Reconciliation is nothing new

As the health reform debate continues to surge on, President Obama recently called for a up or down vote to end the process within the next few weeks. In the face of solid Republican opposition, the President and Democratic congressional leaders have been in talks about the process of reconciliation due to continued opposition from the minority party in Congress. Reconciliation is a process outlined in the Congressional Budget Act that allows for accelerated consideration of legislation involving mandatory spending programs or taxes by ensuring that a minority of Senators can’t block the will of the majority through a filibuster (refusing to stop debating the issue). Reconciliation legislation cannot be filibustered and needs only 51 votes to pass, instead of the usual 60.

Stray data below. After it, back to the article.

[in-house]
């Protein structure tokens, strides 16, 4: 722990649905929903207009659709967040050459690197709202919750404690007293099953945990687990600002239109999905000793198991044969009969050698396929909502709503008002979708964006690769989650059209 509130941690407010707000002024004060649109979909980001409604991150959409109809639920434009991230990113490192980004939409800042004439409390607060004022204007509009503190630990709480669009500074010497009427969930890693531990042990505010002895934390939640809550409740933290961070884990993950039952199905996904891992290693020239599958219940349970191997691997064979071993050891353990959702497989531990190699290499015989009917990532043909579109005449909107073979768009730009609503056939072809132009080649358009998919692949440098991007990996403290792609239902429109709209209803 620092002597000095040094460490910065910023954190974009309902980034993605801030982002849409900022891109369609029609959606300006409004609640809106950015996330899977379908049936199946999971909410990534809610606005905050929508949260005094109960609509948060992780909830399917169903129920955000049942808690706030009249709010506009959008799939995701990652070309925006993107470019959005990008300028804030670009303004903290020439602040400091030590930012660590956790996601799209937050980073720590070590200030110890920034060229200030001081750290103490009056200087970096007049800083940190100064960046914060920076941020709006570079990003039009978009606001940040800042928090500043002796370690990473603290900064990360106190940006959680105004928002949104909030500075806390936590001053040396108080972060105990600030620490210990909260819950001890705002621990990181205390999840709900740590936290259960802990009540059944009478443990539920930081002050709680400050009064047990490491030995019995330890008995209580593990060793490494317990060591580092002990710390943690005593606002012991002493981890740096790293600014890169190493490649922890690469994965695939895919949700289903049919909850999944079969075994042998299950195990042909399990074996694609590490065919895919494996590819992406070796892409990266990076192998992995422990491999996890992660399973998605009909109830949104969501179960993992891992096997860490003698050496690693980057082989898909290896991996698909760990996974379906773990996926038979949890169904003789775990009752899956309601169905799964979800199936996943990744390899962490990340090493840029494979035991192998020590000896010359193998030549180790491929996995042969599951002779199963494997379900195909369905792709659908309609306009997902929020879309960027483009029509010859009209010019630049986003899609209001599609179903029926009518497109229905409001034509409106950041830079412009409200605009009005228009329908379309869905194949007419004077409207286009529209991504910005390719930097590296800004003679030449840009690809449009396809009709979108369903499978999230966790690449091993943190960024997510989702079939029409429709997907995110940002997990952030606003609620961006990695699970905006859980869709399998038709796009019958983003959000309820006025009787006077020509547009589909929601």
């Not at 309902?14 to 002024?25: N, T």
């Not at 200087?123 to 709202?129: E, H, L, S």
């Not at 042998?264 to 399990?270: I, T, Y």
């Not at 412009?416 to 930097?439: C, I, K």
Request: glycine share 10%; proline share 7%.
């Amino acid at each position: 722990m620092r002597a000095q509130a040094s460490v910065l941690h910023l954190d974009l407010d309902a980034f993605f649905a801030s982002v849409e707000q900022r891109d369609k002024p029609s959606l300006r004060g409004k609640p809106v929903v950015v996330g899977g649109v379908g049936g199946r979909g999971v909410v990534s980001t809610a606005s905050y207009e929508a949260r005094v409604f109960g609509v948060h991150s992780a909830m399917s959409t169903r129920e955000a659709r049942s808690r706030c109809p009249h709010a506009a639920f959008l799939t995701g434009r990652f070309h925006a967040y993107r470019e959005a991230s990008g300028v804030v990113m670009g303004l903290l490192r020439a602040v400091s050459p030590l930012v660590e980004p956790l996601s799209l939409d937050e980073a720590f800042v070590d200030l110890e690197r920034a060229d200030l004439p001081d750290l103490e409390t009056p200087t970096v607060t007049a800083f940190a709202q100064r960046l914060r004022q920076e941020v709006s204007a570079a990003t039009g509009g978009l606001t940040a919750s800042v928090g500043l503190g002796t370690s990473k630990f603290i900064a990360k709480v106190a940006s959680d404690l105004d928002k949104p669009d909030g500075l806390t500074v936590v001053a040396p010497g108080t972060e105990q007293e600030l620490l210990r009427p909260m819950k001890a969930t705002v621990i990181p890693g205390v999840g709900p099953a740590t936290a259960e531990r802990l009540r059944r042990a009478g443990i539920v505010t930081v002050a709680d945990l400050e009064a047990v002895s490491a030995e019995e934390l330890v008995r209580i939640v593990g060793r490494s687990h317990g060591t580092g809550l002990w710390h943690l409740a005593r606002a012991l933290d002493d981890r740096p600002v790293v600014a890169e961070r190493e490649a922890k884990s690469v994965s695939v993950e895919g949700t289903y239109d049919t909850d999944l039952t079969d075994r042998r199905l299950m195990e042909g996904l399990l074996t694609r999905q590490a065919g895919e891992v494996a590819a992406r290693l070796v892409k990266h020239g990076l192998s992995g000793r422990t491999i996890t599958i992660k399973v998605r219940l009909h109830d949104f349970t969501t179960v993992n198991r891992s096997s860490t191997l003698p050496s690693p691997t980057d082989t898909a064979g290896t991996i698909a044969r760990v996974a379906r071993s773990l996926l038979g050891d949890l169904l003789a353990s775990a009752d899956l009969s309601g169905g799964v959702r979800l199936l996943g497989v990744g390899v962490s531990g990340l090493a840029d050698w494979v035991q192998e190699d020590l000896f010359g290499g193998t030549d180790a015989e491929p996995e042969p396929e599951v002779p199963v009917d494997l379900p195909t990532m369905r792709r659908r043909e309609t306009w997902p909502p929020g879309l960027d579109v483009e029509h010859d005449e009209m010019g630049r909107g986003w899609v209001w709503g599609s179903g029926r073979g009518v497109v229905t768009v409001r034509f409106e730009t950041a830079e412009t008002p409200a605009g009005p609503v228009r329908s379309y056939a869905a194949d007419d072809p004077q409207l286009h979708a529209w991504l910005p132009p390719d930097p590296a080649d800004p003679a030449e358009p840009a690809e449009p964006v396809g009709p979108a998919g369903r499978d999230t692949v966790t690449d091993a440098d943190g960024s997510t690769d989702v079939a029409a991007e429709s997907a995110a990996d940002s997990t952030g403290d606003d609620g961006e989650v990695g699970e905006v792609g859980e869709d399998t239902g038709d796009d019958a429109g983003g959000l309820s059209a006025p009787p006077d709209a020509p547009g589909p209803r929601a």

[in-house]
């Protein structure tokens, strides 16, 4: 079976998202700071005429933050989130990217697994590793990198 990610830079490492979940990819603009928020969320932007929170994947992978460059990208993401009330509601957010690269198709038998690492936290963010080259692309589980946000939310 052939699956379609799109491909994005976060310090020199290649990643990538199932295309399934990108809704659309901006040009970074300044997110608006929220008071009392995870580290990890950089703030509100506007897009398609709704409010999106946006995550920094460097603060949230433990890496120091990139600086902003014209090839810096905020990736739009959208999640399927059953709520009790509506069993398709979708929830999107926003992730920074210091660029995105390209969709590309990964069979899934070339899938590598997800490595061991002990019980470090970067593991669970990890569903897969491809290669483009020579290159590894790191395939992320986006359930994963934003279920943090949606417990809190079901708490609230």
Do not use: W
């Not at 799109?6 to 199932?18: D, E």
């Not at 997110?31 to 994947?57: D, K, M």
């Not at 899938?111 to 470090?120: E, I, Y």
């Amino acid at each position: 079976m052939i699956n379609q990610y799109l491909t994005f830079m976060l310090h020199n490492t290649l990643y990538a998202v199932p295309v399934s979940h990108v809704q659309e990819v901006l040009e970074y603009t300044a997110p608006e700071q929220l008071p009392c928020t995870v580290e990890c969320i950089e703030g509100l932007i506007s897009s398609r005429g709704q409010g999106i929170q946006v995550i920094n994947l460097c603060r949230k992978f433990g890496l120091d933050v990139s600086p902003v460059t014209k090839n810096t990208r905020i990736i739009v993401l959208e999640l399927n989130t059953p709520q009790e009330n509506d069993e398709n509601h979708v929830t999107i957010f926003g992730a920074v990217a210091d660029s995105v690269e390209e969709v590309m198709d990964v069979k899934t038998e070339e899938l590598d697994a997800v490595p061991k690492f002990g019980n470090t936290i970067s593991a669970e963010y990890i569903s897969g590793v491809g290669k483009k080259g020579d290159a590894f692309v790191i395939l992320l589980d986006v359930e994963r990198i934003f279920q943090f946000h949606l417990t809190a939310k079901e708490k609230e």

Despite some arguments, reconciliation has previously been used to enact major policy decisions, including welfare reform in 1996, the creation of the Children’s Health Insurance Program (which enables thousands of Arkansas children to get health care), and the 2001 and 2003 tax cuts. Because increasing health care costs are the largest cause of the federal government’s long-term budget problems, the use of the reconciliation process means that the ensuing legislation will need to be planned so it does not increase the deficit. Comprehensive health reform will be a lifesaver for millions of Americans and will also be part of the budget solution for America.

For more details, check out this report from The Center on Budget and Policy Priorities detailing why using reconciliation to enact health reform is consistent with previous practices.